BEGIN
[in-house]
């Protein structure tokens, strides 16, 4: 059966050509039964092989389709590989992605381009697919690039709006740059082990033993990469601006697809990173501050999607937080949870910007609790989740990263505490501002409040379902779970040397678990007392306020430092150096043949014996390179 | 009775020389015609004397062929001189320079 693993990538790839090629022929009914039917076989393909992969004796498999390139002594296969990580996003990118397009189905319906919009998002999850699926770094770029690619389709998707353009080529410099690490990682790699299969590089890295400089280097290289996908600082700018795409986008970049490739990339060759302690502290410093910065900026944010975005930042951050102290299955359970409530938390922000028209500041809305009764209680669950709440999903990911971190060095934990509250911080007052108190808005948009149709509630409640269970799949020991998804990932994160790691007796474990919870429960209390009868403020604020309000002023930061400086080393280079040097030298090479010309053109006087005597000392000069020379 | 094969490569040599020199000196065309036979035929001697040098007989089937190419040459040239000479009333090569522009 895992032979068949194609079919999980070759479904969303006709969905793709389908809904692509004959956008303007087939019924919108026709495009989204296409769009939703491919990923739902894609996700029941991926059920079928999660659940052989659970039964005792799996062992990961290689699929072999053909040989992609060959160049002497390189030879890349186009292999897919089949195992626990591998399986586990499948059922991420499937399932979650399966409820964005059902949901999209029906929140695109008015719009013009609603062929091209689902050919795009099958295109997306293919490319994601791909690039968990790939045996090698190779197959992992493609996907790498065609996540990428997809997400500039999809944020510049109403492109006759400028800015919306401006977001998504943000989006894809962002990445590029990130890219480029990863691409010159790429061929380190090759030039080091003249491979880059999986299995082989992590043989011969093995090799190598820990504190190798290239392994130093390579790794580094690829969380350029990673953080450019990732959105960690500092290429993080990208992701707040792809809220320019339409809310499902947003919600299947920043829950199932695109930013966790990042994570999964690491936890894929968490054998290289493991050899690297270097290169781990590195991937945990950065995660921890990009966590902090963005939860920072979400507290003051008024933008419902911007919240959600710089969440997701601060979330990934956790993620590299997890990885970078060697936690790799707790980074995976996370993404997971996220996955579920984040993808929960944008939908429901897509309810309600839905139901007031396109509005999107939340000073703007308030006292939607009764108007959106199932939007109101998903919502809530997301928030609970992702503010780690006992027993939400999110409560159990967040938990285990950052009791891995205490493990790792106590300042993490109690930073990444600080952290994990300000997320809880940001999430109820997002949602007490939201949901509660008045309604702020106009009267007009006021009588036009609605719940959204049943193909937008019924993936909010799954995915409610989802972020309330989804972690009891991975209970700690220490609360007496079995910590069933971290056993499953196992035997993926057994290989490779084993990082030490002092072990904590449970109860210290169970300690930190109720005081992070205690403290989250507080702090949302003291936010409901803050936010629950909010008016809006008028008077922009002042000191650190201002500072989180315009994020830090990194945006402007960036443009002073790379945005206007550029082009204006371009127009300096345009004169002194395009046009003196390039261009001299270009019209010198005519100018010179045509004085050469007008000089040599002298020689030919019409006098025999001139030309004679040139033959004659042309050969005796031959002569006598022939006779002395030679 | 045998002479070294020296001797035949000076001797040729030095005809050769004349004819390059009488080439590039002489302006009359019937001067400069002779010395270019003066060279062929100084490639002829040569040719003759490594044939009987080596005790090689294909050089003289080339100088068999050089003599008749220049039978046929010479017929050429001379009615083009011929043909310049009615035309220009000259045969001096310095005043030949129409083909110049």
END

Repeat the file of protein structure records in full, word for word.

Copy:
[in-house]
């Protein structure tokens, strides 16, 4: 059966050509039964092989389709590989992605381009697919690039709006740059082990033993990469601006697809990173501050999607937080949870910007609790989740990263505490501002409040379902779970040397678990007392306020430092150096043949014996390179 | 009775020389015609004397062929001189320079 693993990538790839090629022929009914039917076989393909992969004796498999390139002594296969990580996003990118397009189905319906919009998002999850699926770094770029690619389709998707353009080529410099690490990682790699299969590089890295400089280097290289996908600082700018795409986008970049490739990339060759302690502290410093910065900026944010975005930042951050102290299955359970409530938390922000028209500041809305009764209680669950709440999903990911971190060095934990509250911080007052108190808005948009149709509630409640269970799949020991998804990932994160790691007796474990919870429960209390009868403020604020309000002023930061400086080393280079040097030298090479010309053109006087005597000392000069020379 | 094969490569040599020199000196065309036979035929001697040098007989089937190419040459040239000479009333090569522009 895992032979068949194609079919999980070759479904969303006709969905793709389908809904692509004959956008303007087939019924919108026709495009989204296409769009939703491919990923739902894609996700029941991926059920079928999660659940052989659970039964005792799996062992990961290689699929072999053909040989992609060959160049002497390189030879890349186009292999897919089949195992626990591998399986586990499948059922991420499937399932979650399966409820964005059902949901999209029906929140695109008015719009013009609603062929091209689902050919795009099958295109997306293919490319994601791909690039968990790939045996090698190779197959992992493609996907790498065609996540990428997809997400500039999809944020510049109403492109006759400028800015919306401006977001998504943000989006894809962002990445590029990130890219480029990863691409010159790429061929380190090759030039080091003249491979880059999986299995082989992590043989011969093995090799190598820990504190190798290239392994130093390579790794580094690829969380350029990673953080450019990732959105960690500092290429993080990208992701707040792809809220320019339409809310499902947003919600299947920043829950199932695109930013966790990042994570999964690491936890894929968490054998290289493991050899690297270097290169781990590195991937945990950065995660921890990009966590902090963005939860920072979400507290003051008024933008419902911007919240959600710089969440997701601060979330990934956790993620590299997890990885970078060697936690790799707790980074995976996370993404997971996220996955579920984040993808929960944008939908429901897509309810309600839905139901007031396109509005999107939340000073703007308030006292939607009764108007959106199932939007109101998903919502809530997301928030609970992702503010780690006992027993939400999110409560159990967040938990285990950052009791891995205490493990790792106590300042993490109690930073990444600080952290994990300000997320809880940001999430109820997002949602007490939201949901509660008045309604702020106009009267007009006021009588036009609605719940959204049943193909937008019924993936909010799954995915409610989802972020309330989804972690009891991975209970700690220490609360007496079995910590069933971290056993499953196992035997993926057994290989490779084993990082030490002092072990904590449970109860210290169970300690930190109720005081992070205690403290989250507080702090949302003291936010409901803050936010629950909010008016809006008028008077922009002042000191650190201002500072989180315009994020830090990194945006402007960036443009002073790379945005206007550029082009204006371009127009300096345009004169002194395009046009003196390039261009001299270009019209010198005519100018010179045509004085050469007008000089040599002298020689030919019409006098025999001139030309004679040139033959004659042309050969005796031959002569006598022939006779002395030679 | 045998002479070294020296001797035949000076001797040729030095005809050769004349004819390059009488080439590039002489302006009359019937001067400069002779010395270019003066060279062929100084490639002829040569040719003759490594044939009987080596005790090689294909050089003289080339100088068999050089003599008749220049039978046929010479017929050429001379009615083009011929043909310049009615035309220009000259045969001096310095005043030949129409083909110049």